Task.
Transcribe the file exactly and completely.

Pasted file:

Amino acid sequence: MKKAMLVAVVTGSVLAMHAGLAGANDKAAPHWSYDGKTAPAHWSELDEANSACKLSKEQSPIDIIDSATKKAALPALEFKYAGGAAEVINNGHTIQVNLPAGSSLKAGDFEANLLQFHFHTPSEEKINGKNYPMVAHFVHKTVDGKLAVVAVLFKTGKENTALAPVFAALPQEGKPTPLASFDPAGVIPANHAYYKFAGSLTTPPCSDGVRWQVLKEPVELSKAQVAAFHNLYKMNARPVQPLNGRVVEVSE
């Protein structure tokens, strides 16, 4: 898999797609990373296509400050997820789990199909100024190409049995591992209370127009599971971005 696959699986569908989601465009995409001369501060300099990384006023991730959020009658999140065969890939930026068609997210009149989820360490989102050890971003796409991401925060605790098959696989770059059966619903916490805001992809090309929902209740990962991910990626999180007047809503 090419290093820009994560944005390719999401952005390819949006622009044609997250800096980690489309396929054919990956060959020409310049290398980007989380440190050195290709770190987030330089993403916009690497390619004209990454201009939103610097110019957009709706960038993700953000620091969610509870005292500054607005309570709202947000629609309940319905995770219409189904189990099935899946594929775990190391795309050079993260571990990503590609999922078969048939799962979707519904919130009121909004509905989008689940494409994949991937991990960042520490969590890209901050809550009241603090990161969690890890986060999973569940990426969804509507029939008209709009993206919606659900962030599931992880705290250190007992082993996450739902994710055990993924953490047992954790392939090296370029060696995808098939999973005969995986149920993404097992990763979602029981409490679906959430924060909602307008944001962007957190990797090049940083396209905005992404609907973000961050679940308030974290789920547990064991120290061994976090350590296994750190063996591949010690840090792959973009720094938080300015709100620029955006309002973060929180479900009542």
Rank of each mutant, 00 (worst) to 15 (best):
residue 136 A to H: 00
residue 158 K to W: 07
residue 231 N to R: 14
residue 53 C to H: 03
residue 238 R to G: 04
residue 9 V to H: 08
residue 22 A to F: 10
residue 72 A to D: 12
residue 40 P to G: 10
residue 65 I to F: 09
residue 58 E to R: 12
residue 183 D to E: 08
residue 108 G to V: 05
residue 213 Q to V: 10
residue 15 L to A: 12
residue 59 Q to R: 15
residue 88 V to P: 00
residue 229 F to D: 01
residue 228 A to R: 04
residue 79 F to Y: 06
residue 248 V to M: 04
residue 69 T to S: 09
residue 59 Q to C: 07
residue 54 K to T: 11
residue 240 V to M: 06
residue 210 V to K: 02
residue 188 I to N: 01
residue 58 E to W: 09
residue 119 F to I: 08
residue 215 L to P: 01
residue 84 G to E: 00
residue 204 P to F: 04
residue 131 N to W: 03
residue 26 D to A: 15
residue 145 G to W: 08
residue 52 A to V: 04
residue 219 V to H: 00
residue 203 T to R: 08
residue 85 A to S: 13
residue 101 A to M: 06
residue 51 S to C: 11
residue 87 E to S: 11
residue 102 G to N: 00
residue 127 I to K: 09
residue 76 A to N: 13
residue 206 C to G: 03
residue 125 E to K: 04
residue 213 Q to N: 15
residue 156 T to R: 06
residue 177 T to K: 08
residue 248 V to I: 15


Amino acid sequence: MKKAMLVAVVTGSVLAMHAGLAGANDKAAPHWSYDGKTAPAHWSELDEANSACKLSKEQSPIDIIDSATKKAALPALEFKYAGGAAEVINNGHTIQVNLPAGSSLKAGDFEANLLQFHFHTPSEEKINGKNYPMVAHFVHKTVDGKLAVVAVLFKTGKENTALAPVFAALPQEGKPTPLASFDPAGVIPANHAYYKFAGSLTTPPCSDGVRWQVLKEPVELSKAQVAAFHNLYKMNARPVQPLNGRVVEVSE
């Protein structure tokens, strides 16, 4: 898999797609990373296509400050997820789990199909100024190409049995591992209370127009599971971005 696959699986569908989601465009995409001369501060300099990384006023991730959020009658999140065969890939930026068609997210009149989820360490989102050890971003796409991401925060605790098959696989770059059966619903916490805001992809090309929902209740990962991910990626999180007047809503 090419290093820009994560944005390719999401952005390819949006622009044609997250800096980690489309396929054919990956060959020409310049290398980007989380440190050195290709770190987030330089993403916009690497390619004209990454201009939103610097110019957009709706960038993700953000620091969610509870005292500054607005309570709202947000629609309940319905995770219409189904189990099935899946594929775990190391795309050079993260571990990503590609999922078969048939799962979707519904919130009121909004509905989008689940494409994949991937991990960042520490969590890209901050809550009241603090990161969690890890986060999973569940990426969804509507029939008209709009993206919606659900962030599931992880705290250190007992082993996450739902994710055990993924953490047992954790392939090296370029060696995808098939999973005969995986149920993404097992990763979602029981409490679906959430924060909602307008944001962007957190990797090049940083396209905005992404609907973000961050679940308030974290789920547990064991120290061994976090350590296994750190063996591949010690840090792959973009720094938080300015709100620029955006309002973060929180479900009542």
Rank of each mutant, 00 (worst) to 15 (best):
residue 136 A to H: 00
residue 158 K to W: 07
residue 231 N to R: 14
residue 53 C to H: 03
residue 238 R to G: 04
residue 9 V to H: 08
residue 22 A to F: 10
residue 72 A to D: 12
residue 40 P to G: 10
residue 65 I to F: 09
residue 58 E to R: 12
residue 183 D to E: 08
residue 108 G to V: 05
residue 213 Q to V: 10
residue 15 L to A: 12
residue 59 Q to R: 15
residue 88 V to P: 00
residue 229 F to D: 01
residue 228 A to R: 04
residue 79 F to Y: 06
residue 248 V to M: 04
residue 69 T to S: 09
residue 59 Q to C: 07
residue 54 K to T: 11
residue 240 V to M: 06
residue 210 V to K: 02
residue 188 I to N: 01
residue 58 E to W: 09
residue 119 F to I: 08
residue 215 L to P: 01
residue 84 G to E: 00
residue 204 P to F: 04
residue 131 N to W: 03
residue 26 D to A: 15
residue 145 G to W: 08
residue 52 A to V: 04
residue 219 V to H: 00
residue 203 T to R: 08
residue 85 A to S: 13
residue 101 A to M: 06
residue 51 S to C: 11
residue 87 E to S: 11
residue 102 G to N: 00
residue 127 I to K: 09
residue 76 A to N: 13
residue 206 C to G: 03
residue 125 E to K: 04
residue 213 Q to N: 15
residue 156 T to R: 06
residue 177 T to K: 08
residue 248 V to I: 15